It’s no secret that I love cruising. I talk it up as a vacation option every opportunity I get, and I’m looking forward to my next cruise just as much as my first. Sometimes things go wrong, and I have covered the infamous Norovirus here before, and I wasn’t blogging when the water pipe above our stateroom sprang a leak on Monarch of the Seas years ago.

I am not a sailor by trade or education, but I do consider myself informed in most things transportation. Cruising is certainly my preferred vacation option, but the logistics behind the ships interest me as well. I was bit by the sailing bug on the very first cruise, and things that sail captivate me, from the smallest sailboat to the largest ships whether they be a cruise liner or merchant ship. Reflecting on my curiosity about seamanship, I think the art (and the science) of navigation are the nexus of my interest. Thinking back on my flying career, the act of “flying” the airplane was fun, but the most interesting thing for me was instrument flying…navigating…and getting between two points on a map…. exploring, if you will.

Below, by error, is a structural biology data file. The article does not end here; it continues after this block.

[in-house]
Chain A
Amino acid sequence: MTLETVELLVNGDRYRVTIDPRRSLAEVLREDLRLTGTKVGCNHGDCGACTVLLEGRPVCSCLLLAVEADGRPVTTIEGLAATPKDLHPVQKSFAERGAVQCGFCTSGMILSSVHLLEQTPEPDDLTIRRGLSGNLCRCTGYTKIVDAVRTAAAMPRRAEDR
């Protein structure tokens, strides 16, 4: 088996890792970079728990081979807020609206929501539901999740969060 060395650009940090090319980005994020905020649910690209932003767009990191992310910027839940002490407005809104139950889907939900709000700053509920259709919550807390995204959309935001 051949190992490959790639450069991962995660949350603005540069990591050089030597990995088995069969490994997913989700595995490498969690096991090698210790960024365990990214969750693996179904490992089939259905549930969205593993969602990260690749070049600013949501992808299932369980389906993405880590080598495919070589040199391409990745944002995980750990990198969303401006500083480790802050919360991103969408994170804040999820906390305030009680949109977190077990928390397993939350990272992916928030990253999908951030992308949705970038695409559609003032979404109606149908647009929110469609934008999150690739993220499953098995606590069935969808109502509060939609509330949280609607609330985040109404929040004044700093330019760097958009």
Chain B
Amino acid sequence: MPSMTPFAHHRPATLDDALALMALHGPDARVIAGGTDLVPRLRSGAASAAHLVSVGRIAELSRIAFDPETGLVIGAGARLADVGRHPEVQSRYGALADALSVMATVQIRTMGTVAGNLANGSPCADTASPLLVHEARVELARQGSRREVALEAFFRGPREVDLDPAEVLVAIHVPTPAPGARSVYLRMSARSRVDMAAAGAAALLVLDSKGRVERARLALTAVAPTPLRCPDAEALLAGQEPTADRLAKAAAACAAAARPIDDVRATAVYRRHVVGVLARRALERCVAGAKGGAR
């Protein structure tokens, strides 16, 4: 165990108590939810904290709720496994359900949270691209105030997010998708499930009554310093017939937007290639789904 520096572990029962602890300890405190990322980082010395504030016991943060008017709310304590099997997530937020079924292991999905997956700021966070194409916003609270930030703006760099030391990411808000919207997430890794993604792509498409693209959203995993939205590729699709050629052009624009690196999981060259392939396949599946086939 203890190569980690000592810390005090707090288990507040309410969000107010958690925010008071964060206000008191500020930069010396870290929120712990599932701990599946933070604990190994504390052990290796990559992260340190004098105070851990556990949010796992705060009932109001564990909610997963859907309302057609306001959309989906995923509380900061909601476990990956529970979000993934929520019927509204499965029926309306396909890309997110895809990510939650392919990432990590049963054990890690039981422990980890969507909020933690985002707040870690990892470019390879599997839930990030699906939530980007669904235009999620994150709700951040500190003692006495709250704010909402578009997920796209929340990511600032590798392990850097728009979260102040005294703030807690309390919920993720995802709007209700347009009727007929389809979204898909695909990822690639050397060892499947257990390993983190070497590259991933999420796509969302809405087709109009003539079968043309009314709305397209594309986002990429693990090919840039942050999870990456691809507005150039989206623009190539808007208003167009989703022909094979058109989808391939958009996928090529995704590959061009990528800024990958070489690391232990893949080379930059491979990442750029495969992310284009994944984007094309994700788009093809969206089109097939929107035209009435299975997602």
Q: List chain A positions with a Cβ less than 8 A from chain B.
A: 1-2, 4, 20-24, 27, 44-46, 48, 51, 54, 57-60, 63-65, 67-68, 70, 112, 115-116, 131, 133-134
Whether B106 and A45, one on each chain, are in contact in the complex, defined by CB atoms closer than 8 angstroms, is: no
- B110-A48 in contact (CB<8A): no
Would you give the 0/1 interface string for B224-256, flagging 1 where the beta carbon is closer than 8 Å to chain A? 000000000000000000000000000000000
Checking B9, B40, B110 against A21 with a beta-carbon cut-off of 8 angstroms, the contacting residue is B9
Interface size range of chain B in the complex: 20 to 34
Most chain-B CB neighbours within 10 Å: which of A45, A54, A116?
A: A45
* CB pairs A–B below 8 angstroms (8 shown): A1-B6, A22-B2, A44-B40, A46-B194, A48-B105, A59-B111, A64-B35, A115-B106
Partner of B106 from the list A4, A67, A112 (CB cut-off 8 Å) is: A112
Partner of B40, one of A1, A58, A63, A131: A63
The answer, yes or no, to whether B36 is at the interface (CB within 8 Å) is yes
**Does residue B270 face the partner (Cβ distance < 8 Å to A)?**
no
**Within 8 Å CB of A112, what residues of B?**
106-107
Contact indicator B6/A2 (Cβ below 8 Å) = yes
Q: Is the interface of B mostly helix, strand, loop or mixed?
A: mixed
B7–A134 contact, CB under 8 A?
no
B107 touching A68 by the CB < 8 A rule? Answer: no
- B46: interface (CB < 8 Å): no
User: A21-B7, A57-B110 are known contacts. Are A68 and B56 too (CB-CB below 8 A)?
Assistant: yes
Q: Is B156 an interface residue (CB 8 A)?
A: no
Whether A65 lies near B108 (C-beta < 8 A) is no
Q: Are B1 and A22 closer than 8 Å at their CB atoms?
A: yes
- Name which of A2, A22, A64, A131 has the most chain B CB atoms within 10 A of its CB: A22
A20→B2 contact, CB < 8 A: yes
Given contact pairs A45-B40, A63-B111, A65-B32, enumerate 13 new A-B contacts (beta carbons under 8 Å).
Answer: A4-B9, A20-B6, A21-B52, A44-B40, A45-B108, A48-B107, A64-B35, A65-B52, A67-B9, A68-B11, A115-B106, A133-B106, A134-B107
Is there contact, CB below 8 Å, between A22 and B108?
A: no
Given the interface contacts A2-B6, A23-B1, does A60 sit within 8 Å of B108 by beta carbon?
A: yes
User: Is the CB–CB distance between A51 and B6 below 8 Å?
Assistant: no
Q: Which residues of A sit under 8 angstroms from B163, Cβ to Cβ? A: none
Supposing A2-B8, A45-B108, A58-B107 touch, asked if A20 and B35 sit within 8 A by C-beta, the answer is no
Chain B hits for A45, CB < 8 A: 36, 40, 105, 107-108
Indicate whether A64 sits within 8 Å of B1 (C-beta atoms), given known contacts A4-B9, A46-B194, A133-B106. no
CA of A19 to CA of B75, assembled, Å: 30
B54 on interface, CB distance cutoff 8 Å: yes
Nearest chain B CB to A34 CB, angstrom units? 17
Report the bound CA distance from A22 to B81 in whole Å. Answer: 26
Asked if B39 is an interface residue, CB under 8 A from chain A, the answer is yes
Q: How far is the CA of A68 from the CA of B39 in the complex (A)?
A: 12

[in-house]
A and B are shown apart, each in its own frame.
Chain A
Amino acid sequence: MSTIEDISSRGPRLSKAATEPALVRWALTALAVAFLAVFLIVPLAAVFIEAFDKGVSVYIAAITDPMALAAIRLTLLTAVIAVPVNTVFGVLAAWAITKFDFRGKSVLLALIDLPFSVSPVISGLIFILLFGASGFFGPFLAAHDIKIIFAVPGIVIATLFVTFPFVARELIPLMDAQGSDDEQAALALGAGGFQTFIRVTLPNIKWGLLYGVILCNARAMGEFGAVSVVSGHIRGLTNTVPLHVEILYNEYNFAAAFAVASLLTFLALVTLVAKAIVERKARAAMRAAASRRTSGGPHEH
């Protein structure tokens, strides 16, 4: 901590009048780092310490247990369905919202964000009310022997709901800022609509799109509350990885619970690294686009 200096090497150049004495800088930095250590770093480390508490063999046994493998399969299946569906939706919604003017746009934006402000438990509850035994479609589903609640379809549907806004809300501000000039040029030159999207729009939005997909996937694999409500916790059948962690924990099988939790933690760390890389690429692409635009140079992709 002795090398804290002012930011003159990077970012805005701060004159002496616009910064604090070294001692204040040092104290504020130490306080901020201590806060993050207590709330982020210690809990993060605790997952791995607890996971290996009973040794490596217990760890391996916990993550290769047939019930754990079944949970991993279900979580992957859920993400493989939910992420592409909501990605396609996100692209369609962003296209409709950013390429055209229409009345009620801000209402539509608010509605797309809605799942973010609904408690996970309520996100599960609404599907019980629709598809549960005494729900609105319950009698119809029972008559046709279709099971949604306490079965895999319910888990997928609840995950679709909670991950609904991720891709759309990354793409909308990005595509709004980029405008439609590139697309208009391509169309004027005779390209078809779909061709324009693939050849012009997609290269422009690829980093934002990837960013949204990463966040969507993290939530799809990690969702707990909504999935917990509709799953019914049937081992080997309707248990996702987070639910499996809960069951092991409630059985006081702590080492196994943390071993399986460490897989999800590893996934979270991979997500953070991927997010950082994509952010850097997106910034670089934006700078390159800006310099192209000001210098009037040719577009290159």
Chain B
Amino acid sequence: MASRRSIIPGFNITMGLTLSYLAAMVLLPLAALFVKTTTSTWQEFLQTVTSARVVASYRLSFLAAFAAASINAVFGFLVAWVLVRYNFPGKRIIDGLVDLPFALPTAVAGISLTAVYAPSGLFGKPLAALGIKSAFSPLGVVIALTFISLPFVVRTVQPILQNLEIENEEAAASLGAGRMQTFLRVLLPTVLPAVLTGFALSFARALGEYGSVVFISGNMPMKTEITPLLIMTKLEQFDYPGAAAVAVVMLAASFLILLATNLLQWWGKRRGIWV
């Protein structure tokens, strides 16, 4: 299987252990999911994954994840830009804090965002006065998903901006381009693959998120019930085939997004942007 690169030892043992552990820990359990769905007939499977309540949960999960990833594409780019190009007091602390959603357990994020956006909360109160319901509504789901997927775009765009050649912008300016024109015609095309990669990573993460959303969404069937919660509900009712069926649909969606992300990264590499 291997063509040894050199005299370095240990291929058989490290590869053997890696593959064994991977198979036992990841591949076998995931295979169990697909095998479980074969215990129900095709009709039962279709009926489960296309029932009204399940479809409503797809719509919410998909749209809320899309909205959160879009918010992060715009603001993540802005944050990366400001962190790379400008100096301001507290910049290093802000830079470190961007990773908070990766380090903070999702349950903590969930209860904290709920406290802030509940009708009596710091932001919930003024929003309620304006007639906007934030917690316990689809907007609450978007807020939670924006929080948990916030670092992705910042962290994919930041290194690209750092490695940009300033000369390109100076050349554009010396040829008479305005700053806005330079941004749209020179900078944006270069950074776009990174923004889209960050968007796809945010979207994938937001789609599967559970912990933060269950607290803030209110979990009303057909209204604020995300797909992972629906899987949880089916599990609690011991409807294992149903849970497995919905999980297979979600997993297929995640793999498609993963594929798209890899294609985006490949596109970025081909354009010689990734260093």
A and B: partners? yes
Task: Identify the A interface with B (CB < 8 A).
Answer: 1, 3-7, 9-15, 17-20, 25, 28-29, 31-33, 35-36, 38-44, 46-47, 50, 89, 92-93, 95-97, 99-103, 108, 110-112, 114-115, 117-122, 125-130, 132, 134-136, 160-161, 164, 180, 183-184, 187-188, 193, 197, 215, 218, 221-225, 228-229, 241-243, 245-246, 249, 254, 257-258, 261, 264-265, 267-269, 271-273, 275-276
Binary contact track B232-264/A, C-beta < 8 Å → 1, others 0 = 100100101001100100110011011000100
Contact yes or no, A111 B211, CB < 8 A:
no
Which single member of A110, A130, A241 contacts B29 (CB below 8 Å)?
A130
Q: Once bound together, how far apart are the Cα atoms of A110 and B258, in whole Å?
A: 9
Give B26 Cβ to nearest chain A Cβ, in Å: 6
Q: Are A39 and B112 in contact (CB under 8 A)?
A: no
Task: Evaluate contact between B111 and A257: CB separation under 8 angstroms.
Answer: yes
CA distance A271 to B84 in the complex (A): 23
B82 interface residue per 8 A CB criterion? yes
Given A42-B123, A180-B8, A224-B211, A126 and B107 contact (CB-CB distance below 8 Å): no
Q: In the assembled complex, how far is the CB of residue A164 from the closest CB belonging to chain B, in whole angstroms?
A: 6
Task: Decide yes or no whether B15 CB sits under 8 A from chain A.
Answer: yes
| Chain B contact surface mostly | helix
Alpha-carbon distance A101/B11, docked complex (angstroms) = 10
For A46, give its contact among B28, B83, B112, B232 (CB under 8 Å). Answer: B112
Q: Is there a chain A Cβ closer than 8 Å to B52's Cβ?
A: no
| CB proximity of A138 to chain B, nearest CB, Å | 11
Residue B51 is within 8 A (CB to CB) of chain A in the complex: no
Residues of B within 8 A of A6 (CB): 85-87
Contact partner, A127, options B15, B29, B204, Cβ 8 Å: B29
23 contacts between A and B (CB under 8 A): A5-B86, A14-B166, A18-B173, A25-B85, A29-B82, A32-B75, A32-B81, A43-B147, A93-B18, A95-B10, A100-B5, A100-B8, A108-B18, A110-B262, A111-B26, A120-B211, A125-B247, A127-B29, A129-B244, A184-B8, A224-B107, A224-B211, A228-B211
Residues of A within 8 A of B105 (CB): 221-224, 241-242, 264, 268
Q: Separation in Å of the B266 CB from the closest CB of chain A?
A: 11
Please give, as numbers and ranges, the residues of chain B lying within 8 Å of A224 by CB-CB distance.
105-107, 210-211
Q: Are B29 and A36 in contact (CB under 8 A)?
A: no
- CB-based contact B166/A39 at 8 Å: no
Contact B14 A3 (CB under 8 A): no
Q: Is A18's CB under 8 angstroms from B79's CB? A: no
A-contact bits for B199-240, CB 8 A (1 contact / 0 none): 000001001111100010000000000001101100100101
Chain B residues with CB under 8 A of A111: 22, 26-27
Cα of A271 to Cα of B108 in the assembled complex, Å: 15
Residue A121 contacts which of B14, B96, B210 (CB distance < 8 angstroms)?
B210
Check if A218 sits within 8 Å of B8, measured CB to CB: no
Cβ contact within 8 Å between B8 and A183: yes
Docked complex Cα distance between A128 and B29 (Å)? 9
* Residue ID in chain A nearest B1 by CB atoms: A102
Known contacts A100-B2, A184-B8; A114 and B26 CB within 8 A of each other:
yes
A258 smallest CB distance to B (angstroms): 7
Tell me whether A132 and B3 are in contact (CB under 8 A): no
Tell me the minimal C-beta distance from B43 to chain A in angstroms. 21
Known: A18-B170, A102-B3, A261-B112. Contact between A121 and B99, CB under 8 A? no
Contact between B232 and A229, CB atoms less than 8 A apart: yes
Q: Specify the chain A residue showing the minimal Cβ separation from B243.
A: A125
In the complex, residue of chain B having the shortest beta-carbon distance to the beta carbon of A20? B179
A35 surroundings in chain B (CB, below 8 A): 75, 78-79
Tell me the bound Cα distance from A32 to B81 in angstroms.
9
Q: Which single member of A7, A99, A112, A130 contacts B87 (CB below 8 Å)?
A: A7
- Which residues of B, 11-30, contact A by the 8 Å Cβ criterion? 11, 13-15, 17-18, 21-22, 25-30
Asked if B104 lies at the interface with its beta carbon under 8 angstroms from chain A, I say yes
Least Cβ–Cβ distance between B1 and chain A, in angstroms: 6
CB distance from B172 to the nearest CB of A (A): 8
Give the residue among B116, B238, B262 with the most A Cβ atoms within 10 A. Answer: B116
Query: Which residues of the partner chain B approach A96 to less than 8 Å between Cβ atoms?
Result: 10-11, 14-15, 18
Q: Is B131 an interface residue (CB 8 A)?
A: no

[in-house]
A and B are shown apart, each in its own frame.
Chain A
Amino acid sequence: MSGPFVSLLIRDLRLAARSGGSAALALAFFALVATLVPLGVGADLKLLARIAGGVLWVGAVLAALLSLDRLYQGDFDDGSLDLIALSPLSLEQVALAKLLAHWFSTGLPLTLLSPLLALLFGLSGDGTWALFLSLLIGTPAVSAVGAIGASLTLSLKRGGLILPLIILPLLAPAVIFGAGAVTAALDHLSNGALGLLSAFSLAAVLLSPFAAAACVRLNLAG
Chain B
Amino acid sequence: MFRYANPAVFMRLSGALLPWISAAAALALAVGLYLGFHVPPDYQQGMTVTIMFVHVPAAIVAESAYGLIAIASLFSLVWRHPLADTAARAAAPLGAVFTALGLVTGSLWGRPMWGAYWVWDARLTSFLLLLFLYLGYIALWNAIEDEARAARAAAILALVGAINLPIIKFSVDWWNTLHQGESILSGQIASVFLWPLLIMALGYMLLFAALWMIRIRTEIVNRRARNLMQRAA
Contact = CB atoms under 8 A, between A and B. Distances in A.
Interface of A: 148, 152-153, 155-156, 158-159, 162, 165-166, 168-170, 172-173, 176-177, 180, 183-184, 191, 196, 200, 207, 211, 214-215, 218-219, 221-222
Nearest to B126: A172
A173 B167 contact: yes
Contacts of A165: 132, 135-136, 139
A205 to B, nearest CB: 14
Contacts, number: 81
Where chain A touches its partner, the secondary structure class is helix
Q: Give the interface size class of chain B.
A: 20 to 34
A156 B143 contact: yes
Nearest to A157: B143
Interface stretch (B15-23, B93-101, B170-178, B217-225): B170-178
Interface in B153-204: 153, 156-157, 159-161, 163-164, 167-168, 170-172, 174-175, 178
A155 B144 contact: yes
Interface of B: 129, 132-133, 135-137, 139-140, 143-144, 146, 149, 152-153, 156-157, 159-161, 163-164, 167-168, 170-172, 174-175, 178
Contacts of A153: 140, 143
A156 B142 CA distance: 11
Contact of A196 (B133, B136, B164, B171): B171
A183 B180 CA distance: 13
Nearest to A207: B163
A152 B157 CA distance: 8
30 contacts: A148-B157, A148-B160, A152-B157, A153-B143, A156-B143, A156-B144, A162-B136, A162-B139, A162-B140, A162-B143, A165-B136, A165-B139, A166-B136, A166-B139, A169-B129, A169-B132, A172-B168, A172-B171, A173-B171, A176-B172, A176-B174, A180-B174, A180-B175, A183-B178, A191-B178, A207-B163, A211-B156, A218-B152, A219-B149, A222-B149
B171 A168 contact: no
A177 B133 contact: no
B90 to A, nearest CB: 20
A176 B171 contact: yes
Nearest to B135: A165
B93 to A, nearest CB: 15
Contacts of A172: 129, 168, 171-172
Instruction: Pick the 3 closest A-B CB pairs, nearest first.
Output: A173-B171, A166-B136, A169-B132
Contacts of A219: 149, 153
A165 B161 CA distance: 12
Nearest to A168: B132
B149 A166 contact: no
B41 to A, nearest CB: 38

With that as background, and with my very positive cruise vacation experiences in mind, I think it is important to acknowledge that sometimes bad things happen in travel, and even in cruising. While one can and should be forgiven for focusing on their vacation experience, it is worth noting that there is a lot going on behind the scenes of a technical nature on a cruise ship, the vessels are engineering marvels, and not unlike any other industrial operation, accidents happen. Wednesday, in beautiful St. Kitts, two longshoremen lost their lives as Royal Caribbean’s Independence of the Seas was unmooring and about to depart the port. Details are a bit sketchy, and most of the news reports I’ve read do not appear to be reliable enough for me to link to here at the moment. However, something happened as the two longshoremen were assisting with the mooring lines, their boat capsized, and they did not make it. Thoughts and prayers to the families involved.

-MJ, April 5, 2014